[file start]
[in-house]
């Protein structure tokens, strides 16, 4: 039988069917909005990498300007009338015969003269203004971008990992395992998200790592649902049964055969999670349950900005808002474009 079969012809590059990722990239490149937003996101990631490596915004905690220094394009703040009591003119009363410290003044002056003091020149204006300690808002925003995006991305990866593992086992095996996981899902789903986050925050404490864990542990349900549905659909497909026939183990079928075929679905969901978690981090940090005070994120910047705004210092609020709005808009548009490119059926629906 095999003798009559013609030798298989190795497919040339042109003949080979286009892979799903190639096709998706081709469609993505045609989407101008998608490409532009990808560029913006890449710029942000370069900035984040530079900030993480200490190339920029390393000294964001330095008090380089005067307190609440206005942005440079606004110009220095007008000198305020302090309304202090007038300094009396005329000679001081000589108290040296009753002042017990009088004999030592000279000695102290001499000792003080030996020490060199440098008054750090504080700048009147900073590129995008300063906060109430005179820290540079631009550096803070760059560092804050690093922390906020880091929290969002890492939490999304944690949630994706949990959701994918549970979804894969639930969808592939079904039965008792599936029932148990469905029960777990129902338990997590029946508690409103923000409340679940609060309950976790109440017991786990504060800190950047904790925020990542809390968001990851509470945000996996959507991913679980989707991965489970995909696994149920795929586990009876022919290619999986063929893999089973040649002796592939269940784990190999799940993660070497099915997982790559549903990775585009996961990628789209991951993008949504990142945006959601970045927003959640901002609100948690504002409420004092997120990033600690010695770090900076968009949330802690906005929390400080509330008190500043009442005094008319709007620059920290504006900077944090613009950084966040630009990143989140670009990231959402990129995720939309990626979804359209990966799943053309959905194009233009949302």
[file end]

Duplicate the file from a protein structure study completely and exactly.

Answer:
[in-house]
């Protein structure tokens, strides 16, 4: 039988069917909005990498300007009338015969003269203004971008990992395992998200790592649902049964055969999670349950900005808002474009 079969012809590059990722990239490149937003996101990631490596915004905690220094394009703040009591003119009363410290003044002056003091020149204006300690808002925003995006991305990866593992086992095996996981899902789903986050925050404490864990542990349900549905659909497909026939183990079928075929679905969901978690981090940090005070994120910047705004210092609020709005808009548009490119059926629906 095999003798009559013609030798298989190795497919040339042109003949080979286009892979799903190639096709998706081709469609993505045609989407101008998608490409532009990808560029913006890449710029942000370069900035984040530079900030993480200490190339920029390393000294964001330095008090380089005067307190609440206005942005440079606004110009220095007008000198305020302090309304202090007038300094009396005329000679001081000589108290040296009753002042017990009088004999030592000279000695102290001499000792003080030996020490060199440098008054750090504080700048009147900073590129995008300063906060109430005179820290540079631009550096803070760059560092804050690093922390906020880091929290969002890492939490999304944690949630994706949990959701994918549970979804894969639930969808592939079904039965008792599936029932148990469905029960777990129902338990997590029946508690409103923000409340679940609060309950976790109440017991786990504060800190950047904790925020990542809390968001990851509470945000996996959507991913679980989707991965489970995909696994149920795929586990009876022919290619999986063929893999089973040649002796592939269940784990190999799940993660070497099915997982790559549903990775585009996961990628789209991951993008949504990142945006959601970045927003959640901002609100948690504002409420004092997120990033600690010695770090900076968009949330802690906005929390400080509330008190500043009442005094008319709007620059920290504006900077944090613009950084966040630009990143989140670009990231959402990129995720939309990626979804359209990966799943053309959905194009233009949302």